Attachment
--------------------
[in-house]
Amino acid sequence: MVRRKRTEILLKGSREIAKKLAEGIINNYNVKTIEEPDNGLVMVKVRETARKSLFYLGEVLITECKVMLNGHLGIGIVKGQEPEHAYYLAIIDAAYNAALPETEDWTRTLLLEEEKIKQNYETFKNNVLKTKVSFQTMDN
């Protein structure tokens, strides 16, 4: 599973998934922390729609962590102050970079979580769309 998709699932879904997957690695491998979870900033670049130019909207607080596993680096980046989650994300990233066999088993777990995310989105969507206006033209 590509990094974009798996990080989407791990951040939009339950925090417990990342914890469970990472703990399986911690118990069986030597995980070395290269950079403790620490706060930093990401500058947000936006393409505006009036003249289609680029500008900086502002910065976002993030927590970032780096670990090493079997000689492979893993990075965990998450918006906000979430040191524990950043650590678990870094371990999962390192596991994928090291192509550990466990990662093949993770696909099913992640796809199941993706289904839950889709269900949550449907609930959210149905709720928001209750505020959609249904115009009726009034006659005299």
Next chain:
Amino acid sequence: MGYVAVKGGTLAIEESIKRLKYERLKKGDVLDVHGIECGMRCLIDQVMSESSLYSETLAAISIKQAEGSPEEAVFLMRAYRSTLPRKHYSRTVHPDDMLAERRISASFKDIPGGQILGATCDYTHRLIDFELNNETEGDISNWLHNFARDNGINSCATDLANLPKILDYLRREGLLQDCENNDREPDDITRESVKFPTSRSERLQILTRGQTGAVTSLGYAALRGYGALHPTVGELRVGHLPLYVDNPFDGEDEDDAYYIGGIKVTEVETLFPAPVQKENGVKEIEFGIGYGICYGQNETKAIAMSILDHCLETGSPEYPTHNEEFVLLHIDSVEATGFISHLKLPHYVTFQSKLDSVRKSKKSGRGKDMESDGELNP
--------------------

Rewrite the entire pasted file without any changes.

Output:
[in-house]
Amino acid sequence: MVRRKRTEILLKGSREIAKKLAEGIINNYNVKTIEEPDNGLVMVKVRETARKSLFYLGEVLITECKVMLNGHLGIGIVKGQEPEHAYYLAIIDAAYNAALPETEDWTRTLLLEEEKIKQNYETFKNNVLKTKVSFQTMDN
């Protein structure tokens, strides 16, 4: 599973998934922390729609962590102050970079979580769309 998709699932879904997957690695491998979870900033670049130019909207607080596993680096980046989650994300990233066999088993777990995310989105969507206006033209 590509990094974009798996990080989407791990951040939009339950925090417990990342914890469970990472703990399986911690118990069986030597995980070395290269950079403790620490706060930093990401500058947000936006393409505006009036003249289609680029500008900086502002910065976002993030927590970032780096670990090493079997000689492979893993990075965990998450918006906000979430040191524990950043650590678990870094371990999962390192596991994928090291192509550990466990990662093949993770696909099913992640796809199941993706289904839950889709269900949550449907609930959210149905709720928001209750505020959609249904115009009726009034006659005299």
Next chain:
Amino acid sequence: MGYVAVKGGTLAIEESIKRLKYERLKKGDVLDVHGIECGMRCLIDQVMSESSLYSETLAAISIKQAEGSPEEAVFLMRAYRSTLPRKHYSRTVHPDDMLAERRISASFKDIPGGQILGATCDYTHRLIDFELNNETEGDISNWLHNFARDNGINSCATDLANLPKILDYLRREGLLQDCENNDREPDDITRESVKFPTSRSERLQILTRGQTGAVTSLGYAALRGYGALHPTVGELRVGHLPLYVDNPFDGEDEDDAYYIGGIKVTEVETLFPAPVQKENGVKEIEFGIGYGICYGQNETKAIAMSILDHCLETGSPEYPTHNEEFVLLHIDSVEATGFISHLKLPHYVTFQSKLDSVRKSKKSGRGKDMESDGELNP